Designing ecosystems

A flourishing space settlement needs a functional ecosystem. And almost by definition, that means an ecosystem that can maintain itself. However, setting up a functional ecosystem is not quite easy.

A good ecosystem has a certain balance, but often such balance is vulnerable to minor deviations. We all know the ecological disaster the introduction of rabbits in Australia has been. It is our task not the make those same mistake when we are colonizing space.

Ecosystems consist of different parts: plants (flora), animals (fauna), bacteria, fungi and dead material. In order to establish a viable ecosystem one need to carefully selects the different components. Therefore one needs to understand the ecological function of each component.

Plants serve as a source of food for animals, while certain animals also contribute to pollination. Bacteria and fungi will revert dead plant and animal material to nutrients which inserted back into the cycle of life.

There are many species most space settler did want to have in their colonies. Gerard O’Neill suggested that mosquitoes, wasps and bot flies should be illegal in space settlements, together with other parasites. On the other hand he advocated the introduction of useful insects as honey bees and butterflies (to be used as food for birds) in space habitats.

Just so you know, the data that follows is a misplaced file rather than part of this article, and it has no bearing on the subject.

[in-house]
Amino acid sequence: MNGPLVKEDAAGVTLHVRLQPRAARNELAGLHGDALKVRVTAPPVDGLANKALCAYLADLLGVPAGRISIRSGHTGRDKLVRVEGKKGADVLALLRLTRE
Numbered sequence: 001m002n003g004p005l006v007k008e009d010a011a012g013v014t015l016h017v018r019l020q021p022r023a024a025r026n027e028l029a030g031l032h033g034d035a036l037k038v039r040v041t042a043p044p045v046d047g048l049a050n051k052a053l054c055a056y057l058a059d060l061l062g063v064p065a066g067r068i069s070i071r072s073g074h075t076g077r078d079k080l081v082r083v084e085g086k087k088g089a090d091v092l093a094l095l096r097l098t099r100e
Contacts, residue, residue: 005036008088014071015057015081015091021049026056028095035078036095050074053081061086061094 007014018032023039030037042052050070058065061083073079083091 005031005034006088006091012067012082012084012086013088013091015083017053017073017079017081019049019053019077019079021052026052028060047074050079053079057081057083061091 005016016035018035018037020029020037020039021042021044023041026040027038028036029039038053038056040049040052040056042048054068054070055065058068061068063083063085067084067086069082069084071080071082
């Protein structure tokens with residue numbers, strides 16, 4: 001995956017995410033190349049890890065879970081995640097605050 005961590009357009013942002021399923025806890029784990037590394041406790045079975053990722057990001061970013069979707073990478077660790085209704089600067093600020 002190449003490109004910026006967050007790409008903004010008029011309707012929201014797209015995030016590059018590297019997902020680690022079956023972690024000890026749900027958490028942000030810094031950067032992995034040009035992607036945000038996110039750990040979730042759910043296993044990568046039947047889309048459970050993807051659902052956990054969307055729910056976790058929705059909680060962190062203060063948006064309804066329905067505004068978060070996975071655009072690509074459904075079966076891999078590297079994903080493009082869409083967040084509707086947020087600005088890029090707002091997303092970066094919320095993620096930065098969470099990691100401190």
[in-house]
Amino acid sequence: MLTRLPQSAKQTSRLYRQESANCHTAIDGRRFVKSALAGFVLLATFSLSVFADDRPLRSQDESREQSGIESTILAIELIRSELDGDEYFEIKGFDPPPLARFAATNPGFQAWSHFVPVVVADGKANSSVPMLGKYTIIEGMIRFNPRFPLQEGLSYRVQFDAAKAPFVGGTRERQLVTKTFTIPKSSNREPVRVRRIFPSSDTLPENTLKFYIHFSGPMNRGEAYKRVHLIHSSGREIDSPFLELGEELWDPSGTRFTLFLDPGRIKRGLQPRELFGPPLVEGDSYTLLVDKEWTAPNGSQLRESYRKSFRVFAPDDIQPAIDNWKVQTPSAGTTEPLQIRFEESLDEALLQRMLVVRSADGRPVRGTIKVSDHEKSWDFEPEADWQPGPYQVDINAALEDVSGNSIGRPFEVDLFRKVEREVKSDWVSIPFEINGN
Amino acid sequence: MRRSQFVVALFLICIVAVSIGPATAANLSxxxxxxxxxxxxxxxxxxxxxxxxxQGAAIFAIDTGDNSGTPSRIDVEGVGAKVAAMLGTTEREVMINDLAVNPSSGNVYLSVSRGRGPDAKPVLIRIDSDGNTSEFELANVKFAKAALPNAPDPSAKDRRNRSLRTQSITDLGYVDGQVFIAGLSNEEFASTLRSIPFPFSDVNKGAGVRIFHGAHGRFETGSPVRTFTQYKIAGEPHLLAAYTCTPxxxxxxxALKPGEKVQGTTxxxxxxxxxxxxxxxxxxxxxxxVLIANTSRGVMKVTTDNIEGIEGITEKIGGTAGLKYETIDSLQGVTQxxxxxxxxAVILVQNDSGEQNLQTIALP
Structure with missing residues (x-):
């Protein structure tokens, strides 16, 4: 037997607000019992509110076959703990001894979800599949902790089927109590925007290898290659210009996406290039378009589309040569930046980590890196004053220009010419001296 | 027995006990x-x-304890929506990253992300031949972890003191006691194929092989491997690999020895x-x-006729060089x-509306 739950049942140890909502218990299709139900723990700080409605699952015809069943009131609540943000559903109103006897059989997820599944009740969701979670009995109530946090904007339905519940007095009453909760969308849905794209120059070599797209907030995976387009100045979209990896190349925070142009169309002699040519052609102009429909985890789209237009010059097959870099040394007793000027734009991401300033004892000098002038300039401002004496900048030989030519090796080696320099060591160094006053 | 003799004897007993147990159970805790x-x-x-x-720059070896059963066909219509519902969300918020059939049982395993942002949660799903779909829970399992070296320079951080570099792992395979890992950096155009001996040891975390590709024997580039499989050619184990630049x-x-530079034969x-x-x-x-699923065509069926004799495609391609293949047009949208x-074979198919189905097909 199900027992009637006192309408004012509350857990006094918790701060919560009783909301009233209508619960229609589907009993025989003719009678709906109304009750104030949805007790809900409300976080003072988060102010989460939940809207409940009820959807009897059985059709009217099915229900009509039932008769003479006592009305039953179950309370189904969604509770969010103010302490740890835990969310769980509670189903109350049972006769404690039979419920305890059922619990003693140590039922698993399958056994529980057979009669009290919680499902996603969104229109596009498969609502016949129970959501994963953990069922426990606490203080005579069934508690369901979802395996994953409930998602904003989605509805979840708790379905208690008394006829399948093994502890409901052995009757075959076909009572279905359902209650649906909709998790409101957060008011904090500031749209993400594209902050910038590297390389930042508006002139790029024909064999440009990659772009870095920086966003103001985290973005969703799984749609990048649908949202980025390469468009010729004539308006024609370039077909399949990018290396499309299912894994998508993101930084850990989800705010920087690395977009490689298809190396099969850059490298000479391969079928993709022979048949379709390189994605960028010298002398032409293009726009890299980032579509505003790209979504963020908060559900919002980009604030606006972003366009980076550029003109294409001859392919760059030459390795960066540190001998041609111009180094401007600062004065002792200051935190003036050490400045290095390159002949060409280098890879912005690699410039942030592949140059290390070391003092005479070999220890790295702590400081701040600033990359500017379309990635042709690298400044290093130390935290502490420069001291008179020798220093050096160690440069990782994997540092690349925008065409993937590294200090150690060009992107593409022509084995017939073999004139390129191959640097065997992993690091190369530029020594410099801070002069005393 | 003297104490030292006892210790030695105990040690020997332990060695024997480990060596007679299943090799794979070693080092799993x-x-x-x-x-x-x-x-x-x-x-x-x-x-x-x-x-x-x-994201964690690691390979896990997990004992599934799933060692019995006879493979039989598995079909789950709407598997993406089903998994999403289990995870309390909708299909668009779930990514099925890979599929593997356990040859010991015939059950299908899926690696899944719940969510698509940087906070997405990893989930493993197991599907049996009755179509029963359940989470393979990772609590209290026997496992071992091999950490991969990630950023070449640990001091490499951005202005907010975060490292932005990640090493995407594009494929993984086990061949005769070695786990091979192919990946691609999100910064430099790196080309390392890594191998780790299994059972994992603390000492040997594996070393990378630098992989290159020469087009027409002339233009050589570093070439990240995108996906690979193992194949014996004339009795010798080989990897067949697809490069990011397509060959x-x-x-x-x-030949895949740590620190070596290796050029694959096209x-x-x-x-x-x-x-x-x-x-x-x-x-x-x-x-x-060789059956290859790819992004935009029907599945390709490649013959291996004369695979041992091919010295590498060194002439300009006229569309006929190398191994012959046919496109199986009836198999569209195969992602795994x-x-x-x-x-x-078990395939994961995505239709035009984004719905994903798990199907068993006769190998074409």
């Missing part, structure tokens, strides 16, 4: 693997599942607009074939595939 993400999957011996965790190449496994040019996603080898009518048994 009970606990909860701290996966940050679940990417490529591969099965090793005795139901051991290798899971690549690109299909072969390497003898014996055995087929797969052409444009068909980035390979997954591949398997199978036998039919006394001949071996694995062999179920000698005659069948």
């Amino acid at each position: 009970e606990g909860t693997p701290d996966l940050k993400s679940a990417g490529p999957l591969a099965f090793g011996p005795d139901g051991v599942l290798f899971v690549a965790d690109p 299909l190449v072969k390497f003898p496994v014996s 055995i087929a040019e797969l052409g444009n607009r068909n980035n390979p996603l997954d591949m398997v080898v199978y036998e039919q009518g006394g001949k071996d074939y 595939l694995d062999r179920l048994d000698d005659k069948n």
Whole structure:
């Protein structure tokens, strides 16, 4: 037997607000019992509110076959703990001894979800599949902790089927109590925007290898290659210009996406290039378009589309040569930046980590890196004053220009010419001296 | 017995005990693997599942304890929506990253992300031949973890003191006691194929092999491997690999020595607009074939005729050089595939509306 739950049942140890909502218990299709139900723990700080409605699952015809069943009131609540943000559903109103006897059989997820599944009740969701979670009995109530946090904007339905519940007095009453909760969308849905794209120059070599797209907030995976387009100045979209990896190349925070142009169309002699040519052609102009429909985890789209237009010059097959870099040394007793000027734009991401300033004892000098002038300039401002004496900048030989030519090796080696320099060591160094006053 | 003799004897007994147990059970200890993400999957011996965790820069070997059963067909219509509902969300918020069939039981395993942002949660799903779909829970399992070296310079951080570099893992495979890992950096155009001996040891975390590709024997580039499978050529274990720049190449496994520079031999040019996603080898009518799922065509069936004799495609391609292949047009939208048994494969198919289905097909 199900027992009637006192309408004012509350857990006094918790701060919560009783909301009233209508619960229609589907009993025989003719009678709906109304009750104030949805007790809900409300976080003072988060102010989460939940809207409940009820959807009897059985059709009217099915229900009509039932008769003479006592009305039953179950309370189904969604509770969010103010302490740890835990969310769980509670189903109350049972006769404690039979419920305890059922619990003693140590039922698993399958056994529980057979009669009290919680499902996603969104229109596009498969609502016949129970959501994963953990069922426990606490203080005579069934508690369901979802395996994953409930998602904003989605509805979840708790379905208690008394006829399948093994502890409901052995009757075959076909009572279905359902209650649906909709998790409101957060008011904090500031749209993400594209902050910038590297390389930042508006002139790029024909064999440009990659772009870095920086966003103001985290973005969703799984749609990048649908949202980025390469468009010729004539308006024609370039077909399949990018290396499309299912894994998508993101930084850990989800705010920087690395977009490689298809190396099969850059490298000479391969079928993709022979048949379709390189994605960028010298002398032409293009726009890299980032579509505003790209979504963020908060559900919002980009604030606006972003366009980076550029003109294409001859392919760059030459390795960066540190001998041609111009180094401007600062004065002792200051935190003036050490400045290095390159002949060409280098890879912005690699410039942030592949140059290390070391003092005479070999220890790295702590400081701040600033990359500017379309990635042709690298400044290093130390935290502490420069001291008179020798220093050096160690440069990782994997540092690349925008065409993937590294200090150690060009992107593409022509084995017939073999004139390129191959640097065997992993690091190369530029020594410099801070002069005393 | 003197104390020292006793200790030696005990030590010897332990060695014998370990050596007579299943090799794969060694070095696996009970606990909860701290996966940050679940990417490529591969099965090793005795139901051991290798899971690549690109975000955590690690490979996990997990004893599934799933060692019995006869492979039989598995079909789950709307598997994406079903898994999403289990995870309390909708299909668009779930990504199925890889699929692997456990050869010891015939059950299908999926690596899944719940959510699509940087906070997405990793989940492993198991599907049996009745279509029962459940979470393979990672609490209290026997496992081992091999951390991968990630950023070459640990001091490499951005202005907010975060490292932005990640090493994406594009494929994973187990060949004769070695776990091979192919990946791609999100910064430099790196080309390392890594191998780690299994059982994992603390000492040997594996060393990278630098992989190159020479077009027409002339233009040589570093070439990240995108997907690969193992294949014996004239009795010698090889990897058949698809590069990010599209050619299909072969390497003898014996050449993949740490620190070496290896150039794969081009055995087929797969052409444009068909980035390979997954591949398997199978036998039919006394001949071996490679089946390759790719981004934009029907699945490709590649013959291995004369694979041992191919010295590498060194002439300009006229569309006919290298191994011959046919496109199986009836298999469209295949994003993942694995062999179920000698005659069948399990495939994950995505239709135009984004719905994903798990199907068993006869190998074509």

The decision to exclude certain species, should be taken with care. It should be taken into account whether a certain species does has a certain desired function within the ecosystem and whether those function could be substituted by other species.

4 thoughts on “Designing ecosystems”

    1. I intend to establish an university program “ecosystems design”, which will educate ecosystem designers and do scientific research in this field.

      1. Excellent idea. I’d suggest getting Bill Mollison in on it. He “invented” (if that’s the right word?) Permaculture and has now had 30 years experimental experience.

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